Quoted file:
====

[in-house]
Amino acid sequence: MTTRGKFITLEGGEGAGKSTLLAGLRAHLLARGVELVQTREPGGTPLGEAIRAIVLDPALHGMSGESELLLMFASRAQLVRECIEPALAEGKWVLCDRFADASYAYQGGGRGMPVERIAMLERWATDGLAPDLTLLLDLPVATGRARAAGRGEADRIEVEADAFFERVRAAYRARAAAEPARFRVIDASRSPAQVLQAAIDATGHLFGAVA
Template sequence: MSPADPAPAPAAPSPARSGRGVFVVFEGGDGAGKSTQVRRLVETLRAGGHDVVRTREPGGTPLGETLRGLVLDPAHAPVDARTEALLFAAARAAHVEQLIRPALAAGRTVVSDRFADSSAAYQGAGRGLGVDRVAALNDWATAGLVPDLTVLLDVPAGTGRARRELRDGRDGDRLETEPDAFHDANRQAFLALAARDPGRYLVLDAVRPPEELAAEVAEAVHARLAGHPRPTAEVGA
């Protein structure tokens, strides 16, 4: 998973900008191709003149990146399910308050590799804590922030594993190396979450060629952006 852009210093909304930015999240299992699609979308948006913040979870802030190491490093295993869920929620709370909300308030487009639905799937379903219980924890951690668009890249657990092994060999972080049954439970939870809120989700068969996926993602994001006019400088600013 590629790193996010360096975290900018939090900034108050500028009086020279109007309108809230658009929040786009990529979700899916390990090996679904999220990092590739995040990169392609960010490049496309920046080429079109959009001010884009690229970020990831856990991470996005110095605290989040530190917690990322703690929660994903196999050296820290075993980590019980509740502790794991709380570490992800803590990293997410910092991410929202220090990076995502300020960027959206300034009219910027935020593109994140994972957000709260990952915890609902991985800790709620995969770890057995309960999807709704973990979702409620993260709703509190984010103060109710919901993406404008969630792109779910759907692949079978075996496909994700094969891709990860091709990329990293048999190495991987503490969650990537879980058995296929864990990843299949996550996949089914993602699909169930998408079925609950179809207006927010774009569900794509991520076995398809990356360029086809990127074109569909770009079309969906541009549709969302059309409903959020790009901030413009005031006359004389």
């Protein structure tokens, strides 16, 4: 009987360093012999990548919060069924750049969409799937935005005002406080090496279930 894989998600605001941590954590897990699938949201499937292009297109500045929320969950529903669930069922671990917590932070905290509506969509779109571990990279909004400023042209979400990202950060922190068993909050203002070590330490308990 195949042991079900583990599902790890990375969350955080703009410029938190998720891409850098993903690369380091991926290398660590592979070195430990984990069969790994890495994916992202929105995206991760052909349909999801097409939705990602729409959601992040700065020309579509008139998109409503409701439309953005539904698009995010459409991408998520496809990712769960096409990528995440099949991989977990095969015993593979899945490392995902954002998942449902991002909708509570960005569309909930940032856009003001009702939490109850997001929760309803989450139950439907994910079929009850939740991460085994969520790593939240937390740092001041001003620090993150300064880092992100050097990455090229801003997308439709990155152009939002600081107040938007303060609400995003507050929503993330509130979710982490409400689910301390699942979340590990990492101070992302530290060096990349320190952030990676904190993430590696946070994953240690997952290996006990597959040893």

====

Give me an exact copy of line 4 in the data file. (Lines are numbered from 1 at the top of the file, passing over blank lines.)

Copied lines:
């Protein structure tokens, strides 16, 4: 998973900008191709003149990146399910308050590799804590922030594993190396979450060629952006 852009210093909304930015999240299992699609979308948006913040979870802030190491490093295993869920929620709370909300308030487009639905799937379903219980924890951690668009890249657990092994060999972080049954439970939870809120989700068969996926993602994001006019400088600013 590629790193996010360096975290900018939090900034108050500028009086020279109007309108809230658009929040786009990529979700899916390990090996679904999220990092590739995040990169392609960010490049496309920046080429079109959009001010884009690229970020990831856990991470996005110095605290989040530190917690990322703690929660994903196999050296820290075993980590019980509740502790794991709380570490992800803590990293997410910092991410929202220090990076995502300020960027959206300034009219910027935020593109994140994972957000709260990952915890609902991985800790709620995969770890057995309960999807709704973990979702409620993260709703509190984010103060109710919901993406404008969630792109779910759907692949079978075996496909994700094969891709990860091709990329990293048999190495991987503490969650990537879980058995296929864990990843299949996550996949089914993602699909169930998408079925609950179809207006927010774009569900794509991520076995398809990356360029086809990127074109569909770009079309969906541009549709969302059309409903959020790009901030413009005031006359004389």